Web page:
T's SO_GO H: Pheromones, Terms, Physiol Domains

Teresa Binstock binstoct at essex.UCHSC.edu
Thu Mar 21 14:44:30 EST 1996


The word "pheromones" seems to have several meanings or implied meanings: 

In a most general sense, "pheromones" refers to chemo-signal molecules of 
an inter-creature sort and may even inform the emitting organism about 
itself. However, literature about pheromones and odors seems to confine 
concern to (i) vomeronasal receptors and related neural tracts and (ii) 
olfactory receptors and related neural tracts. 

In contrast, third, fourth, and fifth physiological domains are present in 
humans and other mammals, (iii) epidermis, (iv) respiratory epithelium, 
and (v) lymphoid tissues (epidermal and nasal). 

A sweeping and nearly entirely true generalization is that domains iii, 
iv, and v are omitted from consideration as transduction domains for 
inter-creature chemo-signaling. 

My immunological hypothesis regarding sexual and gender orientations 
proposes that these orientations may be manifested primarily within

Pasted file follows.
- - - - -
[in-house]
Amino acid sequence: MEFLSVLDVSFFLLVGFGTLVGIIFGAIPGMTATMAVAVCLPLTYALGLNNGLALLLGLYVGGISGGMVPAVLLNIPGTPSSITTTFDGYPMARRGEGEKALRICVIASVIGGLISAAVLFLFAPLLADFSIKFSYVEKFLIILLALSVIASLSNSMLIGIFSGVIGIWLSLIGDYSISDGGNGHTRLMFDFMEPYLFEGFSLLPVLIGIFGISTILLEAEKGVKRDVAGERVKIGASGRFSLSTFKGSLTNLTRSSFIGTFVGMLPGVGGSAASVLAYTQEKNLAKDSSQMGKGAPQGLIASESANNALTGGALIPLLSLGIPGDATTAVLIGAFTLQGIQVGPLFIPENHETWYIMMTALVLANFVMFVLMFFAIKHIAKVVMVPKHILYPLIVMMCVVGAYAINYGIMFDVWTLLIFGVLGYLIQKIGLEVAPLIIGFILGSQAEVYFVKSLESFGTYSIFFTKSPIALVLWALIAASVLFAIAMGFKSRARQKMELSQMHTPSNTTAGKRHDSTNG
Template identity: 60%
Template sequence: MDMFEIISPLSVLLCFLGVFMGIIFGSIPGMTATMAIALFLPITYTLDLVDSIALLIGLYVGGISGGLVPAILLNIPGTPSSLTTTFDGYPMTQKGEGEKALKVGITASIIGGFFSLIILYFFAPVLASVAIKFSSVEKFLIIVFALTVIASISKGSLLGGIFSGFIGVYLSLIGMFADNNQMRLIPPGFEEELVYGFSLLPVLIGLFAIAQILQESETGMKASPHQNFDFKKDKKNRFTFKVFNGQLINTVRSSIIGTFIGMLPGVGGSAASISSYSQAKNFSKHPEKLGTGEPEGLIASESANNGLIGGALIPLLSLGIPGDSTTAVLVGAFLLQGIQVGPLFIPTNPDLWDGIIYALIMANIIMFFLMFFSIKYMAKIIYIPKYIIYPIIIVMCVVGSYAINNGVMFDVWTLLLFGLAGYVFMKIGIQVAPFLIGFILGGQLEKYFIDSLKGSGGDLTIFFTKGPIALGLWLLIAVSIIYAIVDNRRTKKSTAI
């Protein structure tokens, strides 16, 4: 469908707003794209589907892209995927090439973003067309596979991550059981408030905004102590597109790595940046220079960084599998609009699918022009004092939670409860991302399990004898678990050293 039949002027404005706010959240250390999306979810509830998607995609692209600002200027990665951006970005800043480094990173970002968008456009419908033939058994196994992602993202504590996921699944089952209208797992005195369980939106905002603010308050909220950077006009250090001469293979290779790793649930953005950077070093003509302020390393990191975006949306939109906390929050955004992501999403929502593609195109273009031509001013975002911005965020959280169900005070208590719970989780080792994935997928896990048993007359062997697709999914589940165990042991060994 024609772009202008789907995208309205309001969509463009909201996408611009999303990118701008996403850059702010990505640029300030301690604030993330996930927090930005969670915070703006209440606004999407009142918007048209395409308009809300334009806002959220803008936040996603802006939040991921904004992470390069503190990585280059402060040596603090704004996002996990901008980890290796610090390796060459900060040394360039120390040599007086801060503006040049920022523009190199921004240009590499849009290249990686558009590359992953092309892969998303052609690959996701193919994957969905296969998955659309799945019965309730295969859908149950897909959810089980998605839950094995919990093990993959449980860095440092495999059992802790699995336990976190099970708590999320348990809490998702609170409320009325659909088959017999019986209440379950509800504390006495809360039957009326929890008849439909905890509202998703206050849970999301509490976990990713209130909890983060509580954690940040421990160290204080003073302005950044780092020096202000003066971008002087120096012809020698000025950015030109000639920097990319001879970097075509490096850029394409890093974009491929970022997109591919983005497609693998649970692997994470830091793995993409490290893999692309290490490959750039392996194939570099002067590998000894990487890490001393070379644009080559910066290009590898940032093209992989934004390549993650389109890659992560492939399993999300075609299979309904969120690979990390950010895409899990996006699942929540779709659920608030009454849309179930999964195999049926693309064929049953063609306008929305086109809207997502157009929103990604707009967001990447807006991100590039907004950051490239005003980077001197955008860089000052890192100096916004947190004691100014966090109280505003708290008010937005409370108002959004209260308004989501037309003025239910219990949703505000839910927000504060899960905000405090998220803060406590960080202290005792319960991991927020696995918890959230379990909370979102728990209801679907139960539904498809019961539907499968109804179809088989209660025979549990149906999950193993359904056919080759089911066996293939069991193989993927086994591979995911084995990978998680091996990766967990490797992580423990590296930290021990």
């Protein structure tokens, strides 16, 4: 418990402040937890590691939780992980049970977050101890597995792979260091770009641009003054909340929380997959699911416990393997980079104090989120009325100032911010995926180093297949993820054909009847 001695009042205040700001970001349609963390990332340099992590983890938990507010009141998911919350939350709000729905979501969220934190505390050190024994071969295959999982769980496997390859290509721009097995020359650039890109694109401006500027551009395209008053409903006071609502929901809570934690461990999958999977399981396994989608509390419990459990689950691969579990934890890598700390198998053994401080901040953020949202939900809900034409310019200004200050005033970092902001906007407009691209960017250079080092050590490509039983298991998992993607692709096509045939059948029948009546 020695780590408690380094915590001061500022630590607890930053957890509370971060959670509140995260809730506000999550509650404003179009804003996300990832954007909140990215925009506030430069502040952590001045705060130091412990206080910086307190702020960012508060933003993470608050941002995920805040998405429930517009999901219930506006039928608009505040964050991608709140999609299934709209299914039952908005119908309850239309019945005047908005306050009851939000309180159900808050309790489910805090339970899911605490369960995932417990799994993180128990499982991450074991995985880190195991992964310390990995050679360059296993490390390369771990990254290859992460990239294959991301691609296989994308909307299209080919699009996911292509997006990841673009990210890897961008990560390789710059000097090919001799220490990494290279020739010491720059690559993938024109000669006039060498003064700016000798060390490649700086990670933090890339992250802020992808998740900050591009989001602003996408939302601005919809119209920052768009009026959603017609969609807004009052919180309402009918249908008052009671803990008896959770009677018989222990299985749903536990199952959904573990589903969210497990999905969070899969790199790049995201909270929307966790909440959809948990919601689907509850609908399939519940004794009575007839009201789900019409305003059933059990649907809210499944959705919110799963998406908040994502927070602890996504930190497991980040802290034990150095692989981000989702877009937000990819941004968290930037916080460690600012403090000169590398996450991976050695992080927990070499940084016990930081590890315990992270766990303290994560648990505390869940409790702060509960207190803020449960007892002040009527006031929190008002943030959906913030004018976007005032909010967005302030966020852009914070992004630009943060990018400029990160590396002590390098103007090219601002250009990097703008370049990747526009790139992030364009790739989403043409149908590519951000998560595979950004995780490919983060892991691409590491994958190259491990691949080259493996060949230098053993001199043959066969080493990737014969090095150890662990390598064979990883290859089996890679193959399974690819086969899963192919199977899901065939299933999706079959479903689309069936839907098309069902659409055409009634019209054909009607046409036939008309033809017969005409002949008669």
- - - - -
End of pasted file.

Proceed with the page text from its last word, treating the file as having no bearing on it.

domains iii, iv, and v. Furthermore, variations in sexual and/or gender 
orientation may be manifestations of autoimmune process affecting 
specific molecules within domains iii, and/or iv, and or v.


My intent with this post is twofold: (i) to clarify the domains wherein 
my hypothesis asserts sexual and gender orientations and variations 
thereof to be encoded, and (ii) to make clear that to refer to all sexually 
significant chemo-signal molecules as "pheromones" is quite OK so long 
as we understand the most general sense and actual definition of the 
word and are careful not to fall prey to arbitrarily, presumptively 
focusing only upon olfactory and vomeronasal components, which circa 
1996 remain the traditional contexts wherein the word "pheromones" is used.


***

                  Teresa Binstock at uchsc.edu
    Researcher in Developmental & Behavioral Neuroanatomy

                       Copyright 1996
          Collected writings of Teresa C. Binstock

                  Permission hereby granted
        to distribute this document in its entirety.
                           3.21.96

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